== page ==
Why the Lords’ unconstitutional Brexit intervention threatens our democracy

The vote by the House of Lords to prevent a ‘no deal’ on Brexit by giving the Commons a veto over negotiations threatens a constitutional crisis. Firstly, it is odious to see an hereditary Viscount dismissing the will of the people, supposedly in the name of a parliamentary sovereignty which for decades he has been regularly happy to ignore whenever Parliament rubber-stamped legislation from Brussels. Second, whatever the Supreme Court argues, it is now surely a constitutional convention that the results of referendums are accepted automatically (the first referendum on Scottish devolution failed of course because it did not secure the vote of 40% of the electorate as laid down in the Act that established it—not on account that the result was advisory). No one would dream, for example, of withholding independence from Scotland if a majority of Scots voted for it. Of course, EU practice is different. No country in the EU has ever been able to veto a treaty by referendum whatever is laid down constitutionally in the Treaty of Rome. And our peers today are motivated by an irrational desire to remain in the EU at any cost. Finally, the Salisbury convention is that the Lords does not challenge legislation for which there is a public mandate in the form of a manifesto commitment. Yet both the Conservatives and the DUP committed themselves to leaving the Customs Union and the Single Market in their manifestos at the last election (and so, too, arguably did the Labour Party).
This constitutional crisis may yet be averted should the Commons vote to overturn the Lords’ amendment. If not, what will happen?
To find an historical parallel in terms of foreign affairs, one has to go back to the new Whigs support for the French Revolution and Napoleon or to the Tories undermining Marlborough in the reign of Queen Anne. Yet even these people did not place a government in a position akin to that of May’s today. It is almost as if Churchill in May 1940 had been told by Parliament to keep on backing Halifax over peace proposals and not to stop negotiating with Hitler until peace had been agreed on—even on Hitler’s terms. It is that serious. After all nothing less than the independence of the United Kingdom is at stake. The EU of course is not run by Nazis but it most certainly wants us to surrender even the prospect of our independence.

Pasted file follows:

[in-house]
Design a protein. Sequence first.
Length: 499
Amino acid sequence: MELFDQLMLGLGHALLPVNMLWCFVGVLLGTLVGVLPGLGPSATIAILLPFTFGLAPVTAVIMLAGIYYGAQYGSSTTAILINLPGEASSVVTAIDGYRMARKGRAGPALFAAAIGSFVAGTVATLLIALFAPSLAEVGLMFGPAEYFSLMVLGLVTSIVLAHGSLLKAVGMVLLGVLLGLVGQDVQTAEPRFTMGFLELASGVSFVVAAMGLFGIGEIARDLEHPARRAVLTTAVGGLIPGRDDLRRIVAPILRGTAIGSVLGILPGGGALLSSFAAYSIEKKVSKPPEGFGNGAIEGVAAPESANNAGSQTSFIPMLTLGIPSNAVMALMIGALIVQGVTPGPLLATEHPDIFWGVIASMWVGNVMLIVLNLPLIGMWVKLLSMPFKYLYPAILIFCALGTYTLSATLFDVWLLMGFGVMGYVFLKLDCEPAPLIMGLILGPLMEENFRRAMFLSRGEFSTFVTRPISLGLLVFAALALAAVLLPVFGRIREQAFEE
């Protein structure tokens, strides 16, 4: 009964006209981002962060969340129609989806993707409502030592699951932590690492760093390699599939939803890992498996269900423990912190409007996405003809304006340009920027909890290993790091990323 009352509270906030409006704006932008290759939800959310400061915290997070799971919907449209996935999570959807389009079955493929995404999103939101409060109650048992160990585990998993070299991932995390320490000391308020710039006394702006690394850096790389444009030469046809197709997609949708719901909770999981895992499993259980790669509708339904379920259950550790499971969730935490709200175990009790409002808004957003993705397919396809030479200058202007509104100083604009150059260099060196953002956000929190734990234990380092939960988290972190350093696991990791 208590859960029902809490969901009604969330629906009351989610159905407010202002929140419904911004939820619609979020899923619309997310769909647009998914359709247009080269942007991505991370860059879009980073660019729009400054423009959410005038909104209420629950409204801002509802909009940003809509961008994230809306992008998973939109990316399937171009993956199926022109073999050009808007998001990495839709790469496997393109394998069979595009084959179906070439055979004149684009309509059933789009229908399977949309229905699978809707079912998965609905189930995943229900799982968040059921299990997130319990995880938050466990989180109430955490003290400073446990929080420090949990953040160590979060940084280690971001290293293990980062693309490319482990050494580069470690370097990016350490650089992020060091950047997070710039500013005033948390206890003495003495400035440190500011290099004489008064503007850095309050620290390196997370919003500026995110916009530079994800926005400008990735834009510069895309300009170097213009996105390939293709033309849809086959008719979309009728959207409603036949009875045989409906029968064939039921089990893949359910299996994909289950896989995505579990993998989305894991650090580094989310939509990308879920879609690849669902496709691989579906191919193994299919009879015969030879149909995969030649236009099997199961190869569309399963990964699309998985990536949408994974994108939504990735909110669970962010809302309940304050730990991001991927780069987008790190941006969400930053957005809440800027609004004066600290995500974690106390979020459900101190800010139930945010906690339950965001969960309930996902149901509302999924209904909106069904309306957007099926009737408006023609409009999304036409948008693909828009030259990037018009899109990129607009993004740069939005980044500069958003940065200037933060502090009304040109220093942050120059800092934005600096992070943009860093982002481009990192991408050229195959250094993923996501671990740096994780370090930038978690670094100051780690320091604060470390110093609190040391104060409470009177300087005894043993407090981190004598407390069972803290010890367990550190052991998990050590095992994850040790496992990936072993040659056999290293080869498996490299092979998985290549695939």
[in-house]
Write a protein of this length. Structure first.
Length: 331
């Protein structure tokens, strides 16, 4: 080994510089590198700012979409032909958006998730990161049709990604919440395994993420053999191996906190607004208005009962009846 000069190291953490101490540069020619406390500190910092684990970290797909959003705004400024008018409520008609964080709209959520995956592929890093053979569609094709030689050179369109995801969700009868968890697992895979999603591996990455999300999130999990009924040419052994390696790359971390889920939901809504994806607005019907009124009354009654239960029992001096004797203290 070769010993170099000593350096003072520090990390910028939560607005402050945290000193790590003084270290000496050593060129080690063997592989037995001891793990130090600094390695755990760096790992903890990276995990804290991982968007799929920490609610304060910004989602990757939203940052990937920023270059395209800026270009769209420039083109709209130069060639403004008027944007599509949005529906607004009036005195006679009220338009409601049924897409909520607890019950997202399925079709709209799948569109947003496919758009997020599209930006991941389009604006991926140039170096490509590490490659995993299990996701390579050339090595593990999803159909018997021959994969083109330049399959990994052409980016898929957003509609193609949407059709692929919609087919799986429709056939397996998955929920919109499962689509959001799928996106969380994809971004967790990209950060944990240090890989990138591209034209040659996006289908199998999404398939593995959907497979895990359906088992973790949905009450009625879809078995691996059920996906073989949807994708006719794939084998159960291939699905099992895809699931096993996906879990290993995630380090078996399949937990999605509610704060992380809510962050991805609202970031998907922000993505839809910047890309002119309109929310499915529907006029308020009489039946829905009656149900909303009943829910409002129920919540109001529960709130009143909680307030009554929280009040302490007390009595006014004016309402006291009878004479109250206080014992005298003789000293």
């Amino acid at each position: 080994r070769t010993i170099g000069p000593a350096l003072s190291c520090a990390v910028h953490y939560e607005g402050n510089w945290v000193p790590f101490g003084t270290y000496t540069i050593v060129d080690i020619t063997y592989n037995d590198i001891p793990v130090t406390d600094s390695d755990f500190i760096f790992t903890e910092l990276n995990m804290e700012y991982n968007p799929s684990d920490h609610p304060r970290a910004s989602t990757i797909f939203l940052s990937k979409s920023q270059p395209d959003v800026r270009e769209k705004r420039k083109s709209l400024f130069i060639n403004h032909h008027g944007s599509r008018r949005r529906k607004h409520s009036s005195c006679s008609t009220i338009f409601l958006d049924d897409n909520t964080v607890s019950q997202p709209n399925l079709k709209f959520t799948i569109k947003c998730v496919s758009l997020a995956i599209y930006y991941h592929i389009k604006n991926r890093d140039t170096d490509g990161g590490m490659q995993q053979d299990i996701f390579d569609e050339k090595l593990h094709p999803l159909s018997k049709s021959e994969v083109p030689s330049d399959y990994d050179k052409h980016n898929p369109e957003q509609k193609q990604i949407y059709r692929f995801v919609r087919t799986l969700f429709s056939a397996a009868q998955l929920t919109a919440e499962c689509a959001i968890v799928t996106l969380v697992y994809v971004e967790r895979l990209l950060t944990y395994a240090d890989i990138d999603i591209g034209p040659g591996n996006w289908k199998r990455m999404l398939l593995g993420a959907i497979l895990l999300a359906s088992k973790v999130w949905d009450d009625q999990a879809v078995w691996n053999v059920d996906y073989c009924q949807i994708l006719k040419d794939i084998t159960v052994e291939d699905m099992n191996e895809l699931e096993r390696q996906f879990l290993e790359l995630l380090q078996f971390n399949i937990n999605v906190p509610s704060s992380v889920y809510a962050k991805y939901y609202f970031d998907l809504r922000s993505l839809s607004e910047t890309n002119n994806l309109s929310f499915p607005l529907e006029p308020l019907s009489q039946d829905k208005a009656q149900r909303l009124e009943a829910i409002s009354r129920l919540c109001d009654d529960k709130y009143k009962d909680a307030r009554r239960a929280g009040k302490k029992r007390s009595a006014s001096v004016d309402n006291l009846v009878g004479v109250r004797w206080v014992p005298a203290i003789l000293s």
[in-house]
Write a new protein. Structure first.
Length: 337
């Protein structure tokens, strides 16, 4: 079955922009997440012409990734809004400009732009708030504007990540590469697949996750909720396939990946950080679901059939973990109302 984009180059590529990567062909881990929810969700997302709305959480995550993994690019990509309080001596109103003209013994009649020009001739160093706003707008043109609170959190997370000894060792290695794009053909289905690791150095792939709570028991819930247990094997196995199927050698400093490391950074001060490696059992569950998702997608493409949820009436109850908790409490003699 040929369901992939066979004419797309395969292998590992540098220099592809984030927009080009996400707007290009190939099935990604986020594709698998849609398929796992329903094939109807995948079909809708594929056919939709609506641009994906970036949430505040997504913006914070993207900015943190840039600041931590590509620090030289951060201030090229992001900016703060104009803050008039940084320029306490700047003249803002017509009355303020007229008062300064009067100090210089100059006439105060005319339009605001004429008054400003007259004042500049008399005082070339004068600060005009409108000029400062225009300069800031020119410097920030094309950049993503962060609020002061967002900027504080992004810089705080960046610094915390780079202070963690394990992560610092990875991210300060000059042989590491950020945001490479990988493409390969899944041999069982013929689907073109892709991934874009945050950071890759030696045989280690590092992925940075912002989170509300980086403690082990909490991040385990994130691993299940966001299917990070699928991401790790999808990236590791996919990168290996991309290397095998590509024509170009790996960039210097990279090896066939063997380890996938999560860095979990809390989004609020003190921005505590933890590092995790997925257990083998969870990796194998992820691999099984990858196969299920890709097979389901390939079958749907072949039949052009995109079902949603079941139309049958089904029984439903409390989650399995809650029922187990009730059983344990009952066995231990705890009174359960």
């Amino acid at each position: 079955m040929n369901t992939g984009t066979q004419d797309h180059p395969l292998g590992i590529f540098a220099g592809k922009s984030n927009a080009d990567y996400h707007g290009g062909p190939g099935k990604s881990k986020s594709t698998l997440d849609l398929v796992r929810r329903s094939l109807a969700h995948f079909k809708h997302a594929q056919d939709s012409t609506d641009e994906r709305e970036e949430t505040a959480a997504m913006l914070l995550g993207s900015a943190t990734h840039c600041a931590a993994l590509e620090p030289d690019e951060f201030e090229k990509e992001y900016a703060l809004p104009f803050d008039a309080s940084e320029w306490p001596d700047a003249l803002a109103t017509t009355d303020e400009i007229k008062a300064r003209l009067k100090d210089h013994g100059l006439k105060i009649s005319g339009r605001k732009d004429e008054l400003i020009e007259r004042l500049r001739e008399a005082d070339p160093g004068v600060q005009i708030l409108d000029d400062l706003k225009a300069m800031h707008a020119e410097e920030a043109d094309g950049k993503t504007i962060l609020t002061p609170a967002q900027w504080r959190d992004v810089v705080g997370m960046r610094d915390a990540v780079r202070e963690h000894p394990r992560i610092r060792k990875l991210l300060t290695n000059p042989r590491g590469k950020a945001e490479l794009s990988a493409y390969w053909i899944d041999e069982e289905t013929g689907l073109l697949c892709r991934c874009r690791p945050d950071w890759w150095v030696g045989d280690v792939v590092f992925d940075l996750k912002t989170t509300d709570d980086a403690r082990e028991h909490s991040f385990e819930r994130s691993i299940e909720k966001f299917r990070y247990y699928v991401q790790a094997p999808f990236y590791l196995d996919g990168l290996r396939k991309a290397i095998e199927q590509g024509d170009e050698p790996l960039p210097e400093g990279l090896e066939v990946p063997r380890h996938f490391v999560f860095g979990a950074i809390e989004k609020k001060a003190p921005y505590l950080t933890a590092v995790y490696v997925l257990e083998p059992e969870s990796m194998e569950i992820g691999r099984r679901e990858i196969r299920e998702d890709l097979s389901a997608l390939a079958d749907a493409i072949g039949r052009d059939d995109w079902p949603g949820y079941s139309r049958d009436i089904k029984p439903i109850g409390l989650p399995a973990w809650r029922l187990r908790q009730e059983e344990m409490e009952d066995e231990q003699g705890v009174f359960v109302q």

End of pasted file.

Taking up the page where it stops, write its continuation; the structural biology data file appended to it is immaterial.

The last time extremists in the House of Lords attempted to thwart an elected government was when the Tory Die Hards threw out Lloyd George’s budget. That crisis led to the king promising to create hundreds of new, pro-government peers and to a new general election. Both these things could quite conceivably happen again. It also led however to the Parliament Act of 1911 which severely reduced the powers of the House of Lords. This time the popular demand will be for the abolition of the Lords altogether. And they will deserve to disappear. There will be no regrets after their brazen repudiation of the popular will.
In the meantime I believe that the scene has already been set for revolutionary changes in British politics. The Tory and Labour parties are radically divided. The Labour leader has turned out to be an unprincipled opportunist leading a nasty collection of hardline Marxists and anti-Semites. The Tory establishment, like the Establishment as a whole, is strongly Europhile. Rees-Mogg and his ERG seem incapable of action. History, I fear, nay I now hope, will sweep them all away. With luck it will allow a truly independent, self-governing and self-confident Britain to prosper as a global player on a global stage. We are not defeated yet.

4 thoughts on “Why the Lords’ unconstitutional Brexit intervention threatens our democracy”

  1. Why can’t all the leave parties unite to form a more solid attack force against the civil service that’s convinced it is the ruling back bone of Britain. If the Conservative party fail to deliver a satisfactory Brexit for the country they will lose the backing of the electorate.

    1. It is not just the House of Lords unfortunately, as that could be modified going forwards by an “Elected Chamber”, however the real problem with the democracy of Brexit is that the majority of MPs voted “Remain” and the majority of the people voted “Leave” and the EU do not want a giant exit sign from their protectionist club!

      It is therefore critical that any FTA is negotiated outwith the EU, you simply do not negotiate in enemy territory unless you have won the war, unless of course you wish to surrender!

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